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# Points, Lines and Planes

Points, Lines, and Planes are basic terms used in Geometry that have a specific meaning and that are used to define the basis of geometry. We define a point as a location in 3-D or 2-D space that is represented using the coordinates. While we define a line as a geometrical figure that is extend in both the direction to infinity. Similarly, a plane is defined as the collection of all such lines, i.e. it is a 3-D space on which the line passes.

## Point

A Point in geometry is defined as a location in the space that is uniquely defined by an ordered triplet (x, y, z) where x, y, & z are the distances of the point from the X-axis, Y-axis, and Z-axis respectively in the 3-Dimensions and is defined by ordered pair (x, y) in the 2-Dimensions where,  x and y are the distances of the point from the X-axis, and Y-axis, respectively. It is represented using the dot and is named using capital English alphabets. The figure added below shows a point P in the 3-D which is at a distance of x, y, and z from the X-axis, Y-axis, and Z-axis respectively.

### Collinear points

We define collinear points as the points that lie on the same line, i.e. a straight line can be passed through the collinear point. Points A, B, and C shown in the image added below are the collinear points. For points to be collinear there must be a minimum of three points lying on the same line.

## Line

A Line in three-dimensional geometry is defined as a set of points in 3D that extends infinitely in both directions It is the smallest distance between any two points either in 2-D or 3-D space. We represent a line with L and in 3-D space, a line is  given using the equation,

L: (x – x1) / l = (y – y1) / m = (z – z1) / n

where
(x, y, z) are the position coordinates of any variable point lying on the line
(x1, y1, z1) are the position coordinates of a point P lying on the line
l, m, & n are the direction ratios of the line.

In 3D we can also form a line by the intersection of two non-parallel planes.

Points, Lines, and Planes

### Line Segment

A line segment is defined as the finite length of the line that is used to join two points in 2-D and 3-D. It is the shortest distance between two points. A line segment between two points A and B is denoted as, AB

A line has infinite length whereas a line segment is a part of a line and has finite length.

## Mid-Point

Midpoint is defined as the point on the line segment which divides the line segment into two equal parts. Suppose we have two points A and B and the line segment joining these two points is AB and not the point P on the line is called the midpoint if it breaks the line into two equal parts such that,

AP = PB

Thus, P is called the midpoint of line segment AB. The image added below shows the line segment AB with P as the midpoint.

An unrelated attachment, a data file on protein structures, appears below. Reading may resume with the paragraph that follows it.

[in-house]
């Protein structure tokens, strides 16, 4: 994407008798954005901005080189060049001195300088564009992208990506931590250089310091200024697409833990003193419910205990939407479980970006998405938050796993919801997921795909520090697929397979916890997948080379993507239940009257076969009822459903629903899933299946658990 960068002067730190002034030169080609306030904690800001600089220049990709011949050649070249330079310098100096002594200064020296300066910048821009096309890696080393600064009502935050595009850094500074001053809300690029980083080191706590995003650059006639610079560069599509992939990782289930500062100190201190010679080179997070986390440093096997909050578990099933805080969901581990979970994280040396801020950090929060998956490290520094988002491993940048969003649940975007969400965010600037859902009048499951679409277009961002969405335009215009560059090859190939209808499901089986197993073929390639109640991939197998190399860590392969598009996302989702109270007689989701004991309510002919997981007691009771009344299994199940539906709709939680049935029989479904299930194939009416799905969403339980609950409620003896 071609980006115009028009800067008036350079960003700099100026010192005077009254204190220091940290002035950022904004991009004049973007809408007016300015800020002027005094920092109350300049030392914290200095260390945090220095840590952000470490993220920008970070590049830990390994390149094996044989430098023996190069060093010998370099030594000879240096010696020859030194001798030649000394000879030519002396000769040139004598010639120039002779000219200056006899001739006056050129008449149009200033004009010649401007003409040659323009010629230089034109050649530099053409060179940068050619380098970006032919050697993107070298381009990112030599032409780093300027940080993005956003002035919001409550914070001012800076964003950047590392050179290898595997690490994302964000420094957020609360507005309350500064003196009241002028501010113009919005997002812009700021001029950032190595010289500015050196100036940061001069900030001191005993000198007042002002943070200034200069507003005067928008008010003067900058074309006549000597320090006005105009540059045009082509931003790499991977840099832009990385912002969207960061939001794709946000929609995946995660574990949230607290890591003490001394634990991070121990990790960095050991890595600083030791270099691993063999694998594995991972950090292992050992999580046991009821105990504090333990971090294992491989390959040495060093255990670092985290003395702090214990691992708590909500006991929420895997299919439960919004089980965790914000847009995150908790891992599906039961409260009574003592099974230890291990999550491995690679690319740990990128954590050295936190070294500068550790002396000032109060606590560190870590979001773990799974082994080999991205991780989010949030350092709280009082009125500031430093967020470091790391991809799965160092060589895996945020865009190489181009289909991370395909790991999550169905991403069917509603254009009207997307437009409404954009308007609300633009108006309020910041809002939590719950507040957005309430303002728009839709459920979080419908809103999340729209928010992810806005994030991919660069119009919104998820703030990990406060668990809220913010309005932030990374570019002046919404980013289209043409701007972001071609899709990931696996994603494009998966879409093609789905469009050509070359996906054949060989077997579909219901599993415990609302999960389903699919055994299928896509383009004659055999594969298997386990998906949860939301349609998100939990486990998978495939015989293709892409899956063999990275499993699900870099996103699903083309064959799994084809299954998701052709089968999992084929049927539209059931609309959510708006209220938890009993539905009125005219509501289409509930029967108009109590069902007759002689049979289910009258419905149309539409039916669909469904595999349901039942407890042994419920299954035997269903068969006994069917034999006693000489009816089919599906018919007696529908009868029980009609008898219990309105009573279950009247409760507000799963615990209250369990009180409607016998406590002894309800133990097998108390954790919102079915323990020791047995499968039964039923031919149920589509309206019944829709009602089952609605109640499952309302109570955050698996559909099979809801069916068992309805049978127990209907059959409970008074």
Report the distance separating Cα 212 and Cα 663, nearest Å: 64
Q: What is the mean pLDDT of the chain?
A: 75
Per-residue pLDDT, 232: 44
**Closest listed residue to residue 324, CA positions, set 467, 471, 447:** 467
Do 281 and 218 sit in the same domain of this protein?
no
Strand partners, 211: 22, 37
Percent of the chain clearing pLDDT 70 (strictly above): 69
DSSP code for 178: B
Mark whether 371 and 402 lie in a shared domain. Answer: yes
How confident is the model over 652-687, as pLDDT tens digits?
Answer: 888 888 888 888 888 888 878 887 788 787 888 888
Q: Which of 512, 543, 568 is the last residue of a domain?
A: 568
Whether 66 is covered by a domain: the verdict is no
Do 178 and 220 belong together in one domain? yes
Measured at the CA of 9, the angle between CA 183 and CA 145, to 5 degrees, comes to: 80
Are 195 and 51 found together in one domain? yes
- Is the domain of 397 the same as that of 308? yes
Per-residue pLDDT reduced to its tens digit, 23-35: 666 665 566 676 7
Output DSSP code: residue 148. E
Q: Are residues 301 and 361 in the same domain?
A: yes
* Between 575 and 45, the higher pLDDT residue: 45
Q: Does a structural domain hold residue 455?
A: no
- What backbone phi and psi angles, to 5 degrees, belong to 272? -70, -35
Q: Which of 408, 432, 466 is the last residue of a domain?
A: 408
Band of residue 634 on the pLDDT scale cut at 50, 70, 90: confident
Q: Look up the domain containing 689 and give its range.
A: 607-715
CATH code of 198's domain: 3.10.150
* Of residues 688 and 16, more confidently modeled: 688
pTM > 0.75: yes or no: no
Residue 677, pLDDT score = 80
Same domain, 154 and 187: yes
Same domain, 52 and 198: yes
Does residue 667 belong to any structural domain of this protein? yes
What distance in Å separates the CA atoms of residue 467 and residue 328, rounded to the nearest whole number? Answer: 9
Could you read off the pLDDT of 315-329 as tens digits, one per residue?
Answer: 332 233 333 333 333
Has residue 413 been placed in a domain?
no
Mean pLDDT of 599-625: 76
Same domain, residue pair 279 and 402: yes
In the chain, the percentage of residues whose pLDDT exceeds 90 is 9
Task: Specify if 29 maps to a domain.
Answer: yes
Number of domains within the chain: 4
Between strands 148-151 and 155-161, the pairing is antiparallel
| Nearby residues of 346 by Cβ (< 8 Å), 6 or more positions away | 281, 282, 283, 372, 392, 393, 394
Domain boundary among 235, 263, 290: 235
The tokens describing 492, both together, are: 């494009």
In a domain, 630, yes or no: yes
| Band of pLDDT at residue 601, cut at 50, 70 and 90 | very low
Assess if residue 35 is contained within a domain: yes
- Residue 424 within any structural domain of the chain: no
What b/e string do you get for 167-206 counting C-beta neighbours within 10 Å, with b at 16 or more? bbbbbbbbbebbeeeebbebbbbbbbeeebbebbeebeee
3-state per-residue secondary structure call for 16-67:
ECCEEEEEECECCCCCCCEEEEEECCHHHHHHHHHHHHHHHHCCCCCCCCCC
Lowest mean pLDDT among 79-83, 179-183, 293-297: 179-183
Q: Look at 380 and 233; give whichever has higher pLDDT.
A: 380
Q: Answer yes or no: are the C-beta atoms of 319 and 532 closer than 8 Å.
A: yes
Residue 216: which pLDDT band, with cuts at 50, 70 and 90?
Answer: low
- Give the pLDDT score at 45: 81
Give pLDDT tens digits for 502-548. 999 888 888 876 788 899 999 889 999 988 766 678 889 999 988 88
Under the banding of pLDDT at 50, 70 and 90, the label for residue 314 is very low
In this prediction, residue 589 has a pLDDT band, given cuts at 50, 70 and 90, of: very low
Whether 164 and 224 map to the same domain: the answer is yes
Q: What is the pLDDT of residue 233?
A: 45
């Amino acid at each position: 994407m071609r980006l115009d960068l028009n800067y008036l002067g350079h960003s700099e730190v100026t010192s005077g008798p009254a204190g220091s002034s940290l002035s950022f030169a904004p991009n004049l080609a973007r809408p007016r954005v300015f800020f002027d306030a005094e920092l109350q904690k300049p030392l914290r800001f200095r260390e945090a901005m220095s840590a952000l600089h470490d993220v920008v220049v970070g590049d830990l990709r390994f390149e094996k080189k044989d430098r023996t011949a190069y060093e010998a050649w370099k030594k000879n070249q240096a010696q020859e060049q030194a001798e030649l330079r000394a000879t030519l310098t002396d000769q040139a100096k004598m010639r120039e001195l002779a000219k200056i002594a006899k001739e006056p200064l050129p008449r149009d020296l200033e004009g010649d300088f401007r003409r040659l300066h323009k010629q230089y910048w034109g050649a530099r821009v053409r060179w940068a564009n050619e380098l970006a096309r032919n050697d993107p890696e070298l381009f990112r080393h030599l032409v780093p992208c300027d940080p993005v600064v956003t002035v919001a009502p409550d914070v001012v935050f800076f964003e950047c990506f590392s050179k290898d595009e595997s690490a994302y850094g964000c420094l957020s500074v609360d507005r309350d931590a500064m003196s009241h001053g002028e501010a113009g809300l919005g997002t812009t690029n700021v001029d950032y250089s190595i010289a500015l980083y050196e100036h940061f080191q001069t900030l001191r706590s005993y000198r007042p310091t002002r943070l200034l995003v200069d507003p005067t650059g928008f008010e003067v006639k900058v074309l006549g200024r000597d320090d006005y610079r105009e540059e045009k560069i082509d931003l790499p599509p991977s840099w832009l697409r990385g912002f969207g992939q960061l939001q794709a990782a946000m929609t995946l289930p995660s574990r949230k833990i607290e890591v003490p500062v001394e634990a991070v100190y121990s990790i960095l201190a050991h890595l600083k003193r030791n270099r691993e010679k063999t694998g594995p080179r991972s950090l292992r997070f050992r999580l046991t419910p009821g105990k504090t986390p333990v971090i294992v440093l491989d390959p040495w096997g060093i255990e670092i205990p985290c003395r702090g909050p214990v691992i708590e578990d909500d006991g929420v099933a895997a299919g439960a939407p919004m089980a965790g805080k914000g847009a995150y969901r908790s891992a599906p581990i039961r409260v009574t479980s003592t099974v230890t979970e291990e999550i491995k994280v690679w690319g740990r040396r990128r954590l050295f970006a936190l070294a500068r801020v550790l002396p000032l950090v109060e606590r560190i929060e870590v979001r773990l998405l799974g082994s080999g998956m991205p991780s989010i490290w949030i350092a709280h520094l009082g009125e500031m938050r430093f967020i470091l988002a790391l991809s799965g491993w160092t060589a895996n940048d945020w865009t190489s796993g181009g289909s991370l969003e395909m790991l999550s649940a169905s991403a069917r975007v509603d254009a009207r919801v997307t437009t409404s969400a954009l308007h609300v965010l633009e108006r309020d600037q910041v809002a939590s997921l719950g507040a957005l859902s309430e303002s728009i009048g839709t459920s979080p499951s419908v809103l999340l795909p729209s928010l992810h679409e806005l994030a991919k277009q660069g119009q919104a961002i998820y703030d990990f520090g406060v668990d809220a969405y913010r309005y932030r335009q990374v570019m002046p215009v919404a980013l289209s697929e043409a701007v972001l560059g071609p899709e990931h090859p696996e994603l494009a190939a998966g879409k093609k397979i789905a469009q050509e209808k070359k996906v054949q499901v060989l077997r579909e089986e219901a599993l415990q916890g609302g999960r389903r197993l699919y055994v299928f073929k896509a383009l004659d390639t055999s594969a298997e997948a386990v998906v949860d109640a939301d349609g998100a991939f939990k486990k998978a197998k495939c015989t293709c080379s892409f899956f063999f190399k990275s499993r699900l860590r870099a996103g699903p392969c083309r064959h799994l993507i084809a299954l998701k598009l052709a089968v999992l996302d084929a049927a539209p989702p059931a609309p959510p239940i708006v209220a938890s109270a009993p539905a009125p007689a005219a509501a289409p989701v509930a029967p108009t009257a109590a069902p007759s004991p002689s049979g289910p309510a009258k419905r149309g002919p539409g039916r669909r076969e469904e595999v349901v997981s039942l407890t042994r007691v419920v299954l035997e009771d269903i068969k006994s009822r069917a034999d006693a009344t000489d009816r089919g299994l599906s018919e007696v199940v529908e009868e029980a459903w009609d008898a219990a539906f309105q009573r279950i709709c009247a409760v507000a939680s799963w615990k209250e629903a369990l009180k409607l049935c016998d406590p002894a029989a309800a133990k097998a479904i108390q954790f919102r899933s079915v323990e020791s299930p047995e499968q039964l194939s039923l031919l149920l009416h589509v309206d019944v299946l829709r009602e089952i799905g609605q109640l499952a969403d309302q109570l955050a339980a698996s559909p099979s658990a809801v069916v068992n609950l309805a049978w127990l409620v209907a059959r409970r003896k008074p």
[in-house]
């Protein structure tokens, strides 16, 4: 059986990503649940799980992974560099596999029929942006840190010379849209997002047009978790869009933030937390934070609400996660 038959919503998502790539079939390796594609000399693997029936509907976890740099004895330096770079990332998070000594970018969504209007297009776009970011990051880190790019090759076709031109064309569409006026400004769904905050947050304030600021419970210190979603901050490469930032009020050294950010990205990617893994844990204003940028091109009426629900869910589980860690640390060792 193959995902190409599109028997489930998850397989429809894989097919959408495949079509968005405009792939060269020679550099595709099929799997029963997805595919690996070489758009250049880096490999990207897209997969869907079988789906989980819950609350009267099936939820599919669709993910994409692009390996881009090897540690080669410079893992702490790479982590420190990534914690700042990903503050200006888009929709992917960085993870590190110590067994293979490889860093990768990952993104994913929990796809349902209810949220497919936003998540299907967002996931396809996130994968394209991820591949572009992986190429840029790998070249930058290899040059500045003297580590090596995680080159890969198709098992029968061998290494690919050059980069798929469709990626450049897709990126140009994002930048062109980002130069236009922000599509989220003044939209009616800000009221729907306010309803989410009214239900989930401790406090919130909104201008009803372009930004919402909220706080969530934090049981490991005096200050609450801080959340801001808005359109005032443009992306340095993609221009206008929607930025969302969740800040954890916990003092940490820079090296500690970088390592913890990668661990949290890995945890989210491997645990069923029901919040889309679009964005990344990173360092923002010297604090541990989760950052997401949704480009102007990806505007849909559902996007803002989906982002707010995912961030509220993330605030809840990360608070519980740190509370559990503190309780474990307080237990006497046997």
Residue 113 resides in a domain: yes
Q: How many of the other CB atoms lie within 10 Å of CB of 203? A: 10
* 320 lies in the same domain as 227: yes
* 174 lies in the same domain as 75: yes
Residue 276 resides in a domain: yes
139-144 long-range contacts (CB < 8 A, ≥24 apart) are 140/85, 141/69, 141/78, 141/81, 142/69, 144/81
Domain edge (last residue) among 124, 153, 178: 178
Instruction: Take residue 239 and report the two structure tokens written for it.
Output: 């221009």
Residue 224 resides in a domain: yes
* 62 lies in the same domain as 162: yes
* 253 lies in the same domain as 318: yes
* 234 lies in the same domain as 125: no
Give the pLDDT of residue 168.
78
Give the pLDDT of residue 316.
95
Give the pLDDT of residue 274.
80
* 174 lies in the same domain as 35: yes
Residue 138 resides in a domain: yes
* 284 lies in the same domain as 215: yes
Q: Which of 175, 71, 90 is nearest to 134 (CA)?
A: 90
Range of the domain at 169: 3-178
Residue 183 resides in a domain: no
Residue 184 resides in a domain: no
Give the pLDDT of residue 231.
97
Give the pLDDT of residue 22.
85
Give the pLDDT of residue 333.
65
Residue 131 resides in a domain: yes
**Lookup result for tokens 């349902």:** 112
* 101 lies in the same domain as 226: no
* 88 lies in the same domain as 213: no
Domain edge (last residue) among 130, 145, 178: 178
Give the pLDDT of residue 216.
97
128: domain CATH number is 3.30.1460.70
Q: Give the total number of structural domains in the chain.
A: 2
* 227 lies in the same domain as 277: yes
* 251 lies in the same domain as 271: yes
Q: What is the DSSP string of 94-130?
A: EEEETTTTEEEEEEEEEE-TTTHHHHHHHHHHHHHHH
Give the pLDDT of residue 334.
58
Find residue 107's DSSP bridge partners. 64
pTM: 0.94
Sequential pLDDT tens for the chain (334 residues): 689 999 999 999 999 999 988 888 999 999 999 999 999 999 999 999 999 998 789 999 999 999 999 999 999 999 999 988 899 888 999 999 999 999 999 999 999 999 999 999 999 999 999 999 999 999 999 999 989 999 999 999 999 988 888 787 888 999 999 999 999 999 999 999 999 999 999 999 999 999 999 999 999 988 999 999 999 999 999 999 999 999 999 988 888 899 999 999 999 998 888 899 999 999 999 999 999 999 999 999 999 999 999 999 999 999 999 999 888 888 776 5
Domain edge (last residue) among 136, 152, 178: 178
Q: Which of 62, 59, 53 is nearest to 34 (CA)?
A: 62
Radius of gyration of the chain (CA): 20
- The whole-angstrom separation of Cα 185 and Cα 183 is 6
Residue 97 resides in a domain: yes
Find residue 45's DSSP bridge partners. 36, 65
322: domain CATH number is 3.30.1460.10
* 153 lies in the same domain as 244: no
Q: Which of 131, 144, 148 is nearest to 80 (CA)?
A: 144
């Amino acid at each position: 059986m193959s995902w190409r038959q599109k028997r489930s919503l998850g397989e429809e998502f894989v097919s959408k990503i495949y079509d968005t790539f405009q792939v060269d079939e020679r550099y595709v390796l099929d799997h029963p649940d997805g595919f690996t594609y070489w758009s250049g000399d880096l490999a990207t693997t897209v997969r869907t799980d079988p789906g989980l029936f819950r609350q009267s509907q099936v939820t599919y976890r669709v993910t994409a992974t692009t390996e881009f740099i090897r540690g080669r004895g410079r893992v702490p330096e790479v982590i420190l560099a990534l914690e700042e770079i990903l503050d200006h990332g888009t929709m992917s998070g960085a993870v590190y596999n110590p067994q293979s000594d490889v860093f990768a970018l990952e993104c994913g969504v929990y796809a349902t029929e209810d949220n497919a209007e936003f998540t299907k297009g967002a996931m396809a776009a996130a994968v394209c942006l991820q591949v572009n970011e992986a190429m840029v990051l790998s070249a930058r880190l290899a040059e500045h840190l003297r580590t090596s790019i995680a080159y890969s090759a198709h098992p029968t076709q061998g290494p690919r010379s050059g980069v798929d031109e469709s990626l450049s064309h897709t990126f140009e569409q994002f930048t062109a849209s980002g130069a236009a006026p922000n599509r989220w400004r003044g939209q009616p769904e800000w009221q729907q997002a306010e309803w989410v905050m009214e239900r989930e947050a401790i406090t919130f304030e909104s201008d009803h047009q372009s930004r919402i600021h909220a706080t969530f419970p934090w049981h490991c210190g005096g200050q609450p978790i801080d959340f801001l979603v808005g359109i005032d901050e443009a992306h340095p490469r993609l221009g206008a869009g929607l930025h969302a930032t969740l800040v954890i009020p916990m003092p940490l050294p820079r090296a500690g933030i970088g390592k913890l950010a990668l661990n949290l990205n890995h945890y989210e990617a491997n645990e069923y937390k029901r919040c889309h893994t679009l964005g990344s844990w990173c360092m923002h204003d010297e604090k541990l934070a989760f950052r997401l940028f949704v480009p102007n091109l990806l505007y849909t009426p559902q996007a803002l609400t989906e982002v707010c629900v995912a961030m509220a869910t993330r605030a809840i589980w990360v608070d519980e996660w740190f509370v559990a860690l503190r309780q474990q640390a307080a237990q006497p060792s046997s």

## Rays

A ray is defined as a line that has a fixed end point in one direction but can be extended to infinity in the other direction. It is of infinite length. We define the ray joining points O and A and extending to infinity towards A as

## Intersecting and Parallel lines

In 2-D any two lines can either meet at some point or they never meet at some point. The lines that meet at some point are called intersecting lines. The distance between the intersecting line keeps on decreasing as we move toward the point of intersection, and at the point of intersection of these lines, the distance between them becomes zero. When two lines intersect an angle is formed between them.

Two lines that never meet each other in 2-D planes are called parallel lines. For parallel lines, the distance between them is always constant.

The images below show Intersecting and Parallel lines.

## Perpendicular Lines

Intersecting lines that intersect at right angles are called perpendicular lines. The angle between these perpendicular lines is always the right angle or 90 degrees.

The perpendicular lines are shown in the image added below:

## Plane

A Plane in three-dimensional (3D) geometry is a surface such that the line segment joining any two points lies completely on it. It is the collection of all the points and can be extended infinitely in any of the two dimensions.

The general form of a plane in 3D is a first-degree equation in x, y, z i.e. We represent a plane in 3-D as,

(ax + by + cz + d = 0)

where
(x, y, z) represents the coordinates of a variable point on the plane.

A plane has only two dimensions length and breadth and it can be infinitely stretched in these two dimensions.

## Solid

A solid is a 3-D concept we also called, space. We defined the solid as the extended plane that has three dimensions length breadth and height. A solid can be extended infinitely to incorporate all the space in 3-D.

## Vector Form of Equation of Plane in Normal Form

The vector form of the equation of a plane in normal form is given by:

π:  . n̂  = d

where
π represents a plane in 3D space.
vector is the position vector of a general point lying on the plane,
is the unit vector normal to the plane
d is the distance of a plane from the origin

Note: The vector equation of the plane in the form  is said to be in the normal form only when is a unit vector normal to the plane and d is the distance of the plane from the origin. If  is not a unit vector then we have to divide the above equation by  on both sides in order to convert it into the normal form. . This can be understood with the help of the example discussed below,